Too much respect for suffering discourages compassion. It is weak to say, "I can't imagine"; it is foolish to say, "You can't imagine"—for if I cannot imagine, then I have no reason to care, no basis for compassion; and if you cannot imagine, then my suffering is redoubled, because I am alone in it.

Suffering is not holiness; to have suffered is not enlightenment. To have suffered is to be trapped in the moment of suffering, for there is no escape from memory, and ever after all joy has some quality of Dostoyevsky's victim of torture by hope—let loose only until the moment he begins to believe he may be free, then thrown back into his cell. Wisdom sounds cheap except when bought with suffering; but there is no new wisdom, and if you listen you will hear that the wisdom taught by suffering sounds no different than the wisdom written in books. Wisdom for suffering is a real exchange, but no bargain. By trying to probe wounds for wisdom, we only keep them open. The wisdom of the wound is the warning of the wound: see what can happen? Don't let this happen to you. Don't let this happen again. Suffering does not teach; suffering does not ennoble; for what selves are made of does not grow back.

There can be no compassion without imagination; but I cannot say that there can be no virtue without compassion. Selfishness can be made the basis of any virtue, where society is properly arranged to treat us as we treat others. Society, however, is not always properly arranged. The most startling realization of adulthood—the one that really ends childhood—is how much freedom we have to do evil—how much we can get away with.

This descent is familiar. It is so easy to be cruel, and people just take it. It is so easy to break the rules, and people don't complain. It is so easy to twist the rules for your side, and people don't cry out. How disgusting the weak are—how unworthy of life—so pathetic that they won't stand up for themselves: you have the right to use them as you please. How little trust it takes before you can abuse it and keep it. How little seeming to respect the rules before you can break them. And if no one will stop you—then they deserve it.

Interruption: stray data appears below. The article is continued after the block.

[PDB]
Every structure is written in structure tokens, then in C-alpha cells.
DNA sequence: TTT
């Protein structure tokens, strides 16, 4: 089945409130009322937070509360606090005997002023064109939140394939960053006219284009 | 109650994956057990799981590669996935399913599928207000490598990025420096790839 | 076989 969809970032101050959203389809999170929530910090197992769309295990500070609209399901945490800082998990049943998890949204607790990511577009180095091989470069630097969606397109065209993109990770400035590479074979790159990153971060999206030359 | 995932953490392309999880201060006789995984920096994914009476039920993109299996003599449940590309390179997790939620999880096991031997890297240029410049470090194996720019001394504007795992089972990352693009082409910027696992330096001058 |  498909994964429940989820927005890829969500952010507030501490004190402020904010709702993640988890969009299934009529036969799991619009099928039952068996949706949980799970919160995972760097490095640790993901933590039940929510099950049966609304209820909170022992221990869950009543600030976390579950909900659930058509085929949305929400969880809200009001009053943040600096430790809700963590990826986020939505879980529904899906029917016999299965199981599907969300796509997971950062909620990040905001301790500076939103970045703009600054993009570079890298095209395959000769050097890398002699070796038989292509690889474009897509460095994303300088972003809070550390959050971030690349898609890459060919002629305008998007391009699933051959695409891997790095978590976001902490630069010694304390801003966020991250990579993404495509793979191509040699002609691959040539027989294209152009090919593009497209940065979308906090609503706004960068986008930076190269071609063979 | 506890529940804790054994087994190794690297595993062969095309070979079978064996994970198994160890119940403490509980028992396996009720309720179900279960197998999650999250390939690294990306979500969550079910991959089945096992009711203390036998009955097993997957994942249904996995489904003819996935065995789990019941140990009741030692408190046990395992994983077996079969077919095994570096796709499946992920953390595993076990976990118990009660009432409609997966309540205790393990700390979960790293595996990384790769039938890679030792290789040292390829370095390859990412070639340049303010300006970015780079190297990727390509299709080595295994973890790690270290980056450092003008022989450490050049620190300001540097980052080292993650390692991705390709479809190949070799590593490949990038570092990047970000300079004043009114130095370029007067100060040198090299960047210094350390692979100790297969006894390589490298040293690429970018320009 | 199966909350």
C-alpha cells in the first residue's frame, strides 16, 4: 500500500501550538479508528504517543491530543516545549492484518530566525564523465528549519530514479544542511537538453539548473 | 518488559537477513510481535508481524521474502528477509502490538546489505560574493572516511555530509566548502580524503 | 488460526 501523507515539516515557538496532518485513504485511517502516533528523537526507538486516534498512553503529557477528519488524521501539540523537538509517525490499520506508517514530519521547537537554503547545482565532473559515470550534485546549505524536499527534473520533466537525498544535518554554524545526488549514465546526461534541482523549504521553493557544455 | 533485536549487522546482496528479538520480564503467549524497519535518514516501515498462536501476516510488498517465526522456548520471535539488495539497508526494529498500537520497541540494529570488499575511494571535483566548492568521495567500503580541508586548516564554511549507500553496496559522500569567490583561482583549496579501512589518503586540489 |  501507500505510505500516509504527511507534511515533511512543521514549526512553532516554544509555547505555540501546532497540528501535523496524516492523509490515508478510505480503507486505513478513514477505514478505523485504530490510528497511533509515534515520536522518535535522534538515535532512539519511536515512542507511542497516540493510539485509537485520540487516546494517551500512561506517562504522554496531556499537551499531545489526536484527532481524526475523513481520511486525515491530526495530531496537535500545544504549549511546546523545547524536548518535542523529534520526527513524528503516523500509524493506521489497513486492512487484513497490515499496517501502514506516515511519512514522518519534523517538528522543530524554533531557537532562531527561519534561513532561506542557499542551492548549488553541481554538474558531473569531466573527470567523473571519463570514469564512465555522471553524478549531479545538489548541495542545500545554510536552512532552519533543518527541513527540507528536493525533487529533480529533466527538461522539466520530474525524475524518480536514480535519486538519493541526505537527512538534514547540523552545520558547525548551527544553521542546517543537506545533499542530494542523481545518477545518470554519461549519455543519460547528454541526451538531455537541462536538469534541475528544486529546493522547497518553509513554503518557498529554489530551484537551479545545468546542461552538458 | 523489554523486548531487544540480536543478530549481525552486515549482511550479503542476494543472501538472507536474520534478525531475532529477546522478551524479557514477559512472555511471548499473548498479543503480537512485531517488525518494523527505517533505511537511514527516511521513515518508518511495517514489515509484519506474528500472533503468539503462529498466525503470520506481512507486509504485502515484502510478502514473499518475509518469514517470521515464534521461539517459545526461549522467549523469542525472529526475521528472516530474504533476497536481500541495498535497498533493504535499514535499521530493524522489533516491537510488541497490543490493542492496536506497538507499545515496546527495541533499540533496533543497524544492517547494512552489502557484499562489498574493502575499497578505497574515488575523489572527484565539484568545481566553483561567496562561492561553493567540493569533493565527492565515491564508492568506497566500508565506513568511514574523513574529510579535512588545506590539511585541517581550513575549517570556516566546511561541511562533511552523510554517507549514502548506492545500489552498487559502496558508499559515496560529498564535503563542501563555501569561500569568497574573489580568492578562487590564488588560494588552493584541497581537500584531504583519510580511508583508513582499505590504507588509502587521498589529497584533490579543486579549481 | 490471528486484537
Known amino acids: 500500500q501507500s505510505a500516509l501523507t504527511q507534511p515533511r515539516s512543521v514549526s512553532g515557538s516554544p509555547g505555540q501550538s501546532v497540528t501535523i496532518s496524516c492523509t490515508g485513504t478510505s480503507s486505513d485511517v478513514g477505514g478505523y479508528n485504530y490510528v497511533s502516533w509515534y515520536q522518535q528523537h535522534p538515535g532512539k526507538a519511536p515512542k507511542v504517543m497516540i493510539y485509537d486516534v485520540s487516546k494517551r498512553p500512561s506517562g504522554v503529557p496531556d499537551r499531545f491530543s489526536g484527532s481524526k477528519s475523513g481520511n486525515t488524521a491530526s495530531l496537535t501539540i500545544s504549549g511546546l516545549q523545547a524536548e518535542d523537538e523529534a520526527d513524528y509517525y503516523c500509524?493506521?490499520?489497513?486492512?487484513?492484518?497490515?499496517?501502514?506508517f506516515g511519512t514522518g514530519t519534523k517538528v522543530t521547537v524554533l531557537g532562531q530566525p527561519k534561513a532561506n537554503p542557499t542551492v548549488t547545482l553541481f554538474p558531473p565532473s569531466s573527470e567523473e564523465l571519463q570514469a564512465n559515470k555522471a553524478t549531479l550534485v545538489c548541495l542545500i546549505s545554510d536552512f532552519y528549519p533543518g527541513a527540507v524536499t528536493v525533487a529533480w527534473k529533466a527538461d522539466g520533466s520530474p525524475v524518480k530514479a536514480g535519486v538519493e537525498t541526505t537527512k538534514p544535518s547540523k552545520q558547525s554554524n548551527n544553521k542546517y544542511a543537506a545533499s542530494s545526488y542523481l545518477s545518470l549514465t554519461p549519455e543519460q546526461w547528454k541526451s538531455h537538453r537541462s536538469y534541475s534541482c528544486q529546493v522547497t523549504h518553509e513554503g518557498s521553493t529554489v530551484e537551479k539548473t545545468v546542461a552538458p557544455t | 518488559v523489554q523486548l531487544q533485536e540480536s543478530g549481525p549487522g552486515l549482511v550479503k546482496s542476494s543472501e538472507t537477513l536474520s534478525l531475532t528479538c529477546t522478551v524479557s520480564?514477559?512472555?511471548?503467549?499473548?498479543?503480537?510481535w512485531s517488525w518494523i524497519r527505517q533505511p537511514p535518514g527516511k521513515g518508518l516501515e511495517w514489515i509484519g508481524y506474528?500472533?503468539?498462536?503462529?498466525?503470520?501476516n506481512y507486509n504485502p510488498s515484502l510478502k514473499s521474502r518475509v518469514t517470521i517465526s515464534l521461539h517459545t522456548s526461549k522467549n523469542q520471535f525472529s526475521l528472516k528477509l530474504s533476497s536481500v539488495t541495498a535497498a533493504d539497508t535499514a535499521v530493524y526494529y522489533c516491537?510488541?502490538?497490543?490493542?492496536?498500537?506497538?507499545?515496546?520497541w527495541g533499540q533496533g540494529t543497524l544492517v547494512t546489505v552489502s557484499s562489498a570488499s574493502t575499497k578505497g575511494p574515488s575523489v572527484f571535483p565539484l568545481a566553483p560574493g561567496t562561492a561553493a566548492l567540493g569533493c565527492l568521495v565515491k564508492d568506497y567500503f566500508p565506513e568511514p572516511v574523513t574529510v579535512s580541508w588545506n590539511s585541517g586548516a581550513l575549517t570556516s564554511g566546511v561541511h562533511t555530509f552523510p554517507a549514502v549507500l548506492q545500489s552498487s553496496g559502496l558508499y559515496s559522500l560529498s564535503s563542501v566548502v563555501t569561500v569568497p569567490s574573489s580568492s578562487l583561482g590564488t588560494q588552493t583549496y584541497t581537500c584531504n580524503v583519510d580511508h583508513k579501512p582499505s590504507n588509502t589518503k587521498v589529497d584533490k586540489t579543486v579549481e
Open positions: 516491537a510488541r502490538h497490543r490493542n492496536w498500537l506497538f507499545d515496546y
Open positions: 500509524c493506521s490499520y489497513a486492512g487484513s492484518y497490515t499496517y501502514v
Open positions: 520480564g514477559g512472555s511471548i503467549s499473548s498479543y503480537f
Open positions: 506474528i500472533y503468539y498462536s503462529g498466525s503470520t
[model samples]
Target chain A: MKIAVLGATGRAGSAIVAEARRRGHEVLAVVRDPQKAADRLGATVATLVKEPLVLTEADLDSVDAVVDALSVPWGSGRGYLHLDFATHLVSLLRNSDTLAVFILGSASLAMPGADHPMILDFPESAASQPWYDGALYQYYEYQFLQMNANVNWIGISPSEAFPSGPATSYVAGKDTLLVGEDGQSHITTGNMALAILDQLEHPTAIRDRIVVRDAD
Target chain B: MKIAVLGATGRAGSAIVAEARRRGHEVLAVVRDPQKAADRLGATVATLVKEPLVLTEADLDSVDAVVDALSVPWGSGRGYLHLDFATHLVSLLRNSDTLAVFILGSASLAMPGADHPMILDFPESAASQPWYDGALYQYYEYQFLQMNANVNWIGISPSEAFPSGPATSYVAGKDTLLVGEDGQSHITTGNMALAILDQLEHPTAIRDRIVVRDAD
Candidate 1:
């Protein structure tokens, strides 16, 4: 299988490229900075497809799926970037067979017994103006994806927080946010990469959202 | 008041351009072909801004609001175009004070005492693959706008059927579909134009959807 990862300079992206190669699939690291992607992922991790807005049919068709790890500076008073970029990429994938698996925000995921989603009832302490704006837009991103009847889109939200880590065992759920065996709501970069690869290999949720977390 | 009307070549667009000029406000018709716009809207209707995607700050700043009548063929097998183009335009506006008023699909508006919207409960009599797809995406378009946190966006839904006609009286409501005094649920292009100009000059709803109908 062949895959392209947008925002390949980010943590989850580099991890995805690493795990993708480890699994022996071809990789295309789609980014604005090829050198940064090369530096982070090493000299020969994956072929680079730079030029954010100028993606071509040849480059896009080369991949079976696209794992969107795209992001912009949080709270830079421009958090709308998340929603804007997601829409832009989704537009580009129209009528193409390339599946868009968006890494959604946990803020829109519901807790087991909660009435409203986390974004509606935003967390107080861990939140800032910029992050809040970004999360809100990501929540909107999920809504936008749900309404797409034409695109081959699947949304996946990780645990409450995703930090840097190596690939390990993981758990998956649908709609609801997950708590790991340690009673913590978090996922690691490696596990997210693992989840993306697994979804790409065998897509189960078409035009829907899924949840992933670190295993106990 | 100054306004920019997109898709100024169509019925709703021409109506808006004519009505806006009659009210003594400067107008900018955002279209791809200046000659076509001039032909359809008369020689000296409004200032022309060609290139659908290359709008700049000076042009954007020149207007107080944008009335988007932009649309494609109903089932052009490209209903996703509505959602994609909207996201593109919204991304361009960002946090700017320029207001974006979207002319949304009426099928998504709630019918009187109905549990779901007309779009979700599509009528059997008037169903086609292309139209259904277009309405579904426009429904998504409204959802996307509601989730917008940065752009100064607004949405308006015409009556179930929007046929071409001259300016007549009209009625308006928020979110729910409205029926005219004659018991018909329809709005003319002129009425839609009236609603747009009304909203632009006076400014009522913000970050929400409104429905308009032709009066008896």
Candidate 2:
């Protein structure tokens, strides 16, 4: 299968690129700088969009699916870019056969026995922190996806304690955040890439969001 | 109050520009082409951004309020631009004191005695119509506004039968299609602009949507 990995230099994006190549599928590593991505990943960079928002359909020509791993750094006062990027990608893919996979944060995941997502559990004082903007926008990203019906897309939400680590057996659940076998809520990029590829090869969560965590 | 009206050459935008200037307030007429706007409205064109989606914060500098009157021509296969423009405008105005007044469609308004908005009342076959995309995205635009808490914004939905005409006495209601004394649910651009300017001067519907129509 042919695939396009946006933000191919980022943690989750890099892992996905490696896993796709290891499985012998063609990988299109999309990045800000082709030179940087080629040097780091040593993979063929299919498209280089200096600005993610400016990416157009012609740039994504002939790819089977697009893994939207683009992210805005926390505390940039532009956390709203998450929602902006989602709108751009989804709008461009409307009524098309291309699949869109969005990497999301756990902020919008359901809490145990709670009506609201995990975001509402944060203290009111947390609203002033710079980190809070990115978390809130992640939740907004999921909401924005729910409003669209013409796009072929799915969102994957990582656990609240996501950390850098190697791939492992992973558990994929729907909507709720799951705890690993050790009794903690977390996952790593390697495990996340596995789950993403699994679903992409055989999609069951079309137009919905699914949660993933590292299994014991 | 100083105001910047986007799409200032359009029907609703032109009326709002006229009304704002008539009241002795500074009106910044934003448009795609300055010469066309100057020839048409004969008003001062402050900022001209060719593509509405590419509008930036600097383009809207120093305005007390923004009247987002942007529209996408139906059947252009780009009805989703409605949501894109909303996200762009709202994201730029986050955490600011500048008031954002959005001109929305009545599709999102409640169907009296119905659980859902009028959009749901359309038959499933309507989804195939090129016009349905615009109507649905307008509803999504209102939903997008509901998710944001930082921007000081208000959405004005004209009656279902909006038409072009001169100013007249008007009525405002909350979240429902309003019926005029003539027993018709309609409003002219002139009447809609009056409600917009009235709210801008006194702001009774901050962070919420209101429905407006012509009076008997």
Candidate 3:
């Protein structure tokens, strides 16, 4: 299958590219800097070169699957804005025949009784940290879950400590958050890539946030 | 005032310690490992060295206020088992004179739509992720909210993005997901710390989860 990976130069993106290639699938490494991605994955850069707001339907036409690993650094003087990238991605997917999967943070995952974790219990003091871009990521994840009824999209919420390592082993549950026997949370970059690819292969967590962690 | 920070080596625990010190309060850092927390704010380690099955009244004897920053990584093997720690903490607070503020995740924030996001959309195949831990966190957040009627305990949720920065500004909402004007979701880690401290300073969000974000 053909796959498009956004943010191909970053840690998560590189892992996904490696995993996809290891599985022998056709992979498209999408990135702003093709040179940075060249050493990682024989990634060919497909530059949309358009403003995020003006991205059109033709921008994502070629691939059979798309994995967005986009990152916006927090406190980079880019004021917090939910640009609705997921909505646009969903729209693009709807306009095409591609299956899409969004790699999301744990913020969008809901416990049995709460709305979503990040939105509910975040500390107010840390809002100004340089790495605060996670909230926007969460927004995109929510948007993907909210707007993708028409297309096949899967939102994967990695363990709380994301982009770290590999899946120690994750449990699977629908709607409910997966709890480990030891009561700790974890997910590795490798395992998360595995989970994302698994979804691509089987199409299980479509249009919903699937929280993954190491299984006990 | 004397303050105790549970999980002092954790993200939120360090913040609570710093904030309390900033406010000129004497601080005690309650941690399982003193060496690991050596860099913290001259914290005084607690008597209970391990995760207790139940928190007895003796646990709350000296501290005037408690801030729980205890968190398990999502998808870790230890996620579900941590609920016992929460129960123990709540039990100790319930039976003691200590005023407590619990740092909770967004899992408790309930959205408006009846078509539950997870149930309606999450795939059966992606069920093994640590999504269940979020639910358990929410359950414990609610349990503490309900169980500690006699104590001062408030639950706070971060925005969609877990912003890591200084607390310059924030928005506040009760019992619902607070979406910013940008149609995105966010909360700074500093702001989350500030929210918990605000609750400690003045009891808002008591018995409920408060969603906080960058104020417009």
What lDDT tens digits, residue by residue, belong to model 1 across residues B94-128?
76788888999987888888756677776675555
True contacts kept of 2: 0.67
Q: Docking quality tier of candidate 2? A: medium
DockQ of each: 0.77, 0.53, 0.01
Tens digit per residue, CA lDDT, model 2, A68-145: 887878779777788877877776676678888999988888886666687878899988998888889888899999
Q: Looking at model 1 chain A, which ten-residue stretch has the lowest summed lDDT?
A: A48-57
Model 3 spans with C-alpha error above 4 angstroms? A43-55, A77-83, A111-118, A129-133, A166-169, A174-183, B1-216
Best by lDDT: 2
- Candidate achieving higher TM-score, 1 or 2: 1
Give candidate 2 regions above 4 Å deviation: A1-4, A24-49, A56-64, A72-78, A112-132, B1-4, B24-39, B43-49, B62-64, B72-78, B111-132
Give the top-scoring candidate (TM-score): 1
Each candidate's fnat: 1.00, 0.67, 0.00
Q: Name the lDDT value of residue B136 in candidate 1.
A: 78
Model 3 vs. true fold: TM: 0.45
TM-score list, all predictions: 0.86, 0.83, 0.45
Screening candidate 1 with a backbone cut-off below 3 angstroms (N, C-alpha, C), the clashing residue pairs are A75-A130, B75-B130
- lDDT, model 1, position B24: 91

Conscience is just habit. The pangs of conscience are easier to ignore than a nicotine craving. It is compassion which is the basis our moral restraint. (Those who would say that we have no moral restraint are simply those without the imagination to see how much worse things could be.) And the basis for compassion is imagination. By imagination, I do not mean "I will be good to this person, because I may be in that situation someday"; I mean, "I will be good to this person, because I might have been in that situation." Few people are able, unassisted by some personification, to see how little their lives have been guided by their own choices: and if religion did no other good, this aid alone might be enough to justify it.

Minor sufferings—annoyances, irritations, frustrations—are unique and self-contained; they come, (sometimes) they go, and we are not remade by them. But major sufferings—tragedies, horrors, defeats—are, in a way, alike; within one life, each recalls and involves all the others. It is not mockery for you to use the worst thing that has happened to you as the basis for understanding something much worse that has happened to someone else. There are only so many slots in the human mind. A person who has only narrowly overcome the temptation of suicide over some idle-youth tragedy has not found their limit on some absolute scale of mettle, to be broken by their first real tragedy; rather, that person has proved the strength not to be broken by the worst; though what the worst really is, they must yet learn.

Compassion is easy to mock. There is even something satisfying in seeing it rebuked. An exchange like this could appear in a comedy:

"My girlfriend left me, I don't know how I can go on."

"Don't whine at me. My wife died in a car crash."

Imagine the reaction shot.

But this is inhumane. There is always some third whose sufferings could shut them both up. We fragile and unassured creatures only worsen our state when we try to compare and rate the various ways in which our worlds fall apart. What is broken is broken; what is in pieces is in pieces; and if one person's world has only broken in half, and another's has been ground to powder, they are both still naked to the same wind.